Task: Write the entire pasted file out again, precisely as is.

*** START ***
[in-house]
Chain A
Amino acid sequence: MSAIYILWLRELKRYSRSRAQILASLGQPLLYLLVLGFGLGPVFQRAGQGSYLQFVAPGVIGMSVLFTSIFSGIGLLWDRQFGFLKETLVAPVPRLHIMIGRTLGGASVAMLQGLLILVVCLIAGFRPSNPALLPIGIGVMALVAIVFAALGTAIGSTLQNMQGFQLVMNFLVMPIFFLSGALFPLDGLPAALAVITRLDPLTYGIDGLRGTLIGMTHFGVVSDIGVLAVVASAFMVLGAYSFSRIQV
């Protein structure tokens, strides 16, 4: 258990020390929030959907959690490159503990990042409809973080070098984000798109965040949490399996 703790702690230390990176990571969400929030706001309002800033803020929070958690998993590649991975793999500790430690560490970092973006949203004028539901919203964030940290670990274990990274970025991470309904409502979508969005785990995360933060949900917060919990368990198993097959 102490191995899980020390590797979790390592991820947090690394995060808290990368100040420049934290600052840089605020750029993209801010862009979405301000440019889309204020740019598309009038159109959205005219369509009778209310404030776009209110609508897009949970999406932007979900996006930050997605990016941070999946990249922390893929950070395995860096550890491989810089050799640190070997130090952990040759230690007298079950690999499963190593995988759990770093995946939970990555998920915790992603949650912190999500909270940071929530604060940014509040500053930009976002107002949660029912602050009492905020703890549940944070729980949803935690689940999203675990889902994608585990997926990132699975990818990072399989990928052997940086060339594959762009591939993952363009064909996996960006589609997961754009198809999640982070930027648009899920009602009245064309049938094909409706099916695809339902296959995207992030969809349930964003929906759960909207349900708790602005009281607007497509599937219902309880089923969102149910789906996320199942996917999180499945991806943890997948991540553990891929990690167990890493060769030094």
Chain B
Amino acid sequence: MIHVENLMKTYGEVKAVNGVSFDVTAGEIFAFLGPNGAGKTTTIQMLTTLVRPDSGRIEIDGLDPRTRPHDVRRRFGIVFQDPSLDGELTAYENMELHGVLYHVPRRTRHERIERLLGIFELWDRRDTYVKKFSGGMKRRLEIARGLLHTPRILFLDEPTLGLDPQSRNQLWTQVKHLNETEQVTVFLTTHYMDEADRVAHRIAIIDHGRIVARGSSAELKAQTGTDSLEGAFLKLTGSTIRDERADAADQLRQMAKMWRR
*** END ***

[in-house]
Chain A
Amino acid sequence: MSAIYILWLRELKRYSRSRAQILASLGQPLLYLLVLGFGLGPVFQRAGQGSYLQFVAPGVIGMSVLFTSIFSGIGLLWDRQFGFLKETLVAPVPRLHIMIGRTLGGASVAMLQGLLILVVCLIAGFRPSNPALLPIGIGVMALVAIVFAALGTAIGSTLQNMQGFQLVMNFLVMPIFFLSGALFPLDGLPAALAVITRLDPLTYGIDGLRGTLIGMTHFGVVSDIGVLAVVASAFMVLGAYSFSRIQV
């Protein structure tokens, strides 16, 4: 258990020390929030959907959690490159503990990042409809973080070098984000798109965040949490399996 703790702690230390990176990571969400929030706001309002800033803020929070958690998993590649991975793999500790430690560490970092973006949203004028539901919203964030940290670990274990990274970025991470309904409502979508969005785990995360933060949900917060919990368990198993097959 102490191995899980020390590797979790390592991820947090690394995060808290990368100040420049934290600052840089605020750029993209801010862009979405301000440019889309204020740019598309009038159109959205005219369509009778209310404030776009209110609508897009949970999406932007979900996006930050997605990016941070999946990249922390893929950070395995860096550890491989810089050799640190070997130090952990040759230690007298079950690999499963190593995988759990770093995946939970990555998920915790992603949650912190999500909270940071929530604060940014509040500053930009976002107002949660029912602050009492905020703890549940944070729980949803935690689940999203675990889902994608585990997926990132699975990818990072399989990928052997940086060339594959762009591939993952363009064909996996960006589609997961754009198809999640982070930027648009899920009602009245064309049938094909409706099916695809339902296959995207992030969809349930964003929906759960909207349900708790602005009281607007497509599937219902309880089923969102149910789906996320199942996917999180499945991806943890997948991540553990891929990690167990890493060769030094």
Chain B
Amino acid sequence: MIHVENLMKTYGEVKAVNGVSFDVTAGEIFAFLGPNGAGKTTTIQMLTTLVRPDSGRIEIDGLDPRTRPHDVRRRFGIVFQDPSLDGELTAYENMELHGVLYHVPRRTRHERIERLLGIFELWDRRDTYVKKFSGGMKRRLEIARGLLHTPRILFLDEPTLGLDPQSRNQLWTQVKHLNETEQVTVFLTTHYMDEADRVAHRIAIIDHGRIVARGSSAELKAQTGTDSLEGAFLKLTGSTIRDERADAADQLRQMAKMWRR